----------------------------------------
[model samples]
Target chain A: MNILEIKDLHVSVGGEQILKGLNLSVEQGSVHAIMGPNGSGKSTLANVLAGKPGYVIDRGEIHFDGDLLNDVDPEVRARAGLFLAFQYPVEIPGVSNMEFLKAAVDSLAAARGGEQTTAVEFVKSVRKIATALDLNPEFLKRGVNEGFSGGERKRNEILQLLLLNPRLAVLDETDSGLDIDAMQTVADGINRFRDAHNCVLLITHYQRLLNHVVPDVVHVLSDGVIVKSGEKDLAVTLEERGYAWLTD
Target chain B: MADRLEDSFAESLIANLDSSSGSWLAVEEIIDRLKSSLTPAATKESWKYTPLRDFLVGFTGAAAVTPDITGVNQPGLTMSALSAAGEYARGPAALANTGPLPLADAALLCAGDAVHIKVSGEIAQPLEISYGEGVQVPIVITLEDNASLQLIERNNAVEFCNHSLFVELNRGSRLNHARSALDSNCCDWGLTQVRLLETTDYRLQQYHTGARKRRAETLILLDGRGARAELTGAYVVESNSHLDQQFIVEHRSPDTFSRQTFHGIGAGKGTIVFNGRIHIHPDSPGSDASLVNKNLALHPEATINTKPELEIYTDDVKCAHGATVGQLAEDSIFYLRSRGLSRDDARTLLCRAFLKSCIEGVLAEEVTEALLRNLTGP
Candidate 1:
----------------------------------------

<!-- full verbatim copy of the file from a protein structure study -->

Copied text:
[model samples]
Target chain A: MNILEIKDLHVSVGGEQILKGLNLSVEQGSVHAIMGPNGSGKSTLANVLAGKPGYVIDRGEIHFDGDLLNDVDPEVRARAGLFLAFQYPVEIPGVSNMEFLKAAVDSLAAARGGEQTTAVEFVKSVRKIATALDLNPEFLKRGVNEGFSGGERKRNEILQLLLLNPRLAVLDETDSGLDIDAMQTVADGINRFRDAHNCVLLITHYQRLLNHVVPDVVHVLSDGVIVKSGEKDLAVTLEERGYAWLTD
Target chain B: MADRLEDSFAESLIANLDSSSGSWLAVEEIIDRLKSSLTPAATKESWKYTPLRDFLVGFTGAAAVTPDITGVNQPGLTMSALSAAGEYARGPAALANTGPLPLADAALLCAGDAVHIKVSGEIAQPLEISYGEGVQVPIVITLEDNASLQLIERNNAVEFCNHSLFVELNRGSRLNHARSALDSNCCDWGLTQVRLLETTDYRLQQYHTGARKRRAETLILLDGRGARAELTGAYVVESNSHLDQQFIVEHRSPDTFSRQTFHGIGAGKGTIVFNGRIHIHPDSPGSDASLVNKNLALHPEATINTKPELEIYTDDVKCAHGATVGQLAEDSIFYLRSRGLSRDDARTLLCRAFLKSCIEGVLAEEVTEALLRNLTGP
Candidate 1: